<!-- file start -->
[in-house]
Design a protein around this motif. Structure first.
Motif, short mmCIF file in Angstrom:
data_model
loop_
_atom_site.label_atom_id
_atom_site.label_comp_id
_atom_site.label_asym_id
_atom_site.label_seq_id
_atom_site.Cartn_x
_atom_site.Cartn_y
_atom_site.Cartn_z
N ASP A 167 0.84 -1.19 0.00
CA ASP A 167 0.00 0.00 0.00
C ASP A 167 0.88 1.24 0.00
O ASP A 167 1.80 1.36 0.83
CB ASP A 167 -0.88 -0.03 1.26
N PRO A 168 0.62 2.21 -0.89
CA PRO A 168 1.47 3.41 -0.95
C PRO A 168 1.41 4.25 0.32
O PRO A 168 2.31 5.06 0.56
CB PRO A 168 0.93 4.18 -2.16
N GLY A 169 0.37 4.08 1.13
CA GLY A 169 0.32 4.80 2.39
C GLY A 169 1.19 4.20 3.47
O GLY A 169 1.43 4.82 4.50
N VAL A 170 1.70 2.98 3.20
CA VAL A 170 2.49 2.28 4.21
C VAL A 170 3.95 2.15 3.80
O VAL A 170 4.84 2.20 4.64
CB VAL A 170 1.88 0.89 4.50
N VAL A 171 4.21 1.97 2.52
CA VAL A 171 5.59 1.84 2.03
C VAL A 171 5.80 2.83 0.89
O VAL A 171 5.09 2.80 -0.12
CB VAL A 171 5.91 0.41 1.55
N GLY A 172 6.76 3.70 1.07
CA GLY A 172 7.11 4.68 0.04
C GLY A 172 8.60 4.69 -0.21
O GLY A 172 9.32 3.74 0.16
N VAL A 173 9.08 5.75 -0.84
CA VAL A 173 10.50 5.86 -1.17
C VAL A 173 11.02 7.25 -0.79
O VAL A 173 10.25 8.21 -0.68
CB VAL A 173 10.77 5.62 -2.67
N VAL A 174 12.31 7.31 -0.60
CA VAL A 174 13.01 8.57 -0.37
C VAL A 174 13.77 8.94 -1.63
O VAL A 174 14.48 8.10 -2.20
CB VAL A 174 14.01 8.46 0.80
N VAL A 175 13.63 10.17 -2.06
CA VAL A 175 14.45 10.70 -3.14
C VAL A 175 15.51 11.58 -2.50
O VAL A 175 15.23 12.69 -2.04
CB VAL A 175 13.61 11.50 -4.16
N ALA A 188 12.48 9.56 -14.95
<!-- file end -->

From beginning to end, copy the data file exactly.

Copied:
[in-house]
Design a protein around this motif. Structure first.
Motif, short mmCIF file in Angstrom:
data_model
loop_
_atom_site.label_atom_id
_atom_site.label_comp_id
_atom_site.label_asym_id
_atom_site.label_seq_id
_atom_site.Cartn_x
_atom_site.Cartn_y
_atom_site.Cartn_z
N ASP A 167 0.84 -1.19 0.00
CA ASP A 167 0.00 0.00 0.00
C ASP A 167 0.88 1.24 0.00
O ASP A 167 1.80 1.36 0.83
CB ASP A 167 -0.88 -0.03 1.26
N PRO A 168 0.62 2.21 -0.89
CA PRO A 168 1.47 3.41 -0.95
C PRO A 168 1.41 4.25 0.32
O PRO A 168 2.31 5.06 0.56
CB PRO A 168 0.93 4.18 -2.16
N GLY A 169 0.37 4.08 1.13
CA GLY A 169 0.32 4.80 2.39
C GLY A 169 1.19 4.20 3.47
O GLY A 169 1.43 4.82 4.50
N VAL A 170 1.70 2.98 3.20
CA VAL A 170 2.49 2.28 4.21
C VAL A 170 3.95 2.15 3.80
O VAL A 170 4.84 2.20 4.64
CB VAL A 170 1.88 0.89 4.50
N VAL A 171 4.21 1.97 2.52
CA VAL A 171 5.59 1.84 2.03
C VAL A 171 5.80 2.83 0.89
O VAL A 171 5.09 2.80 -0.12
CB VAL A 171 5.91 0.41 1.55
N GLY A 172 6.76 3.70 1.07
CA GLY A 172 7.11 4.68 0.04
C GLY A 172 8.60 4.69 -0.21
O GLY A 172 9.32 3.74 0.16
N VAL A 173 9.08 5.75 -0.84
CA VAL A 173 10.50 5.86 -1.17
C VAL A 173 11.02 7.25 -0.79
O VAL A 173 10.25 8.21 -0.68
CB VAL A 173 10.77 5.62 -2.67
N VAL A 174 12.31 7.31 -0.60
CA VAL A 174 13.01 8.57 -0.37
C VAL A 174 13.77 8.94 -1.63
O VAL A 174 14.48 8.10 -2.20
CB VAL A 174 14.01 8.46 0.80
N VAL A 175 13.63 10.17 -2.06
CA VAL A 175 14.45 10.70 -3.14
C VAL A 175 15.51 11.58 -2.50
O VAL A 175 15.23 12.69 -2.04
CB VAL A 175 13.61 11.50 -4.16
N ALA A 188 12.48 9.56 -14.95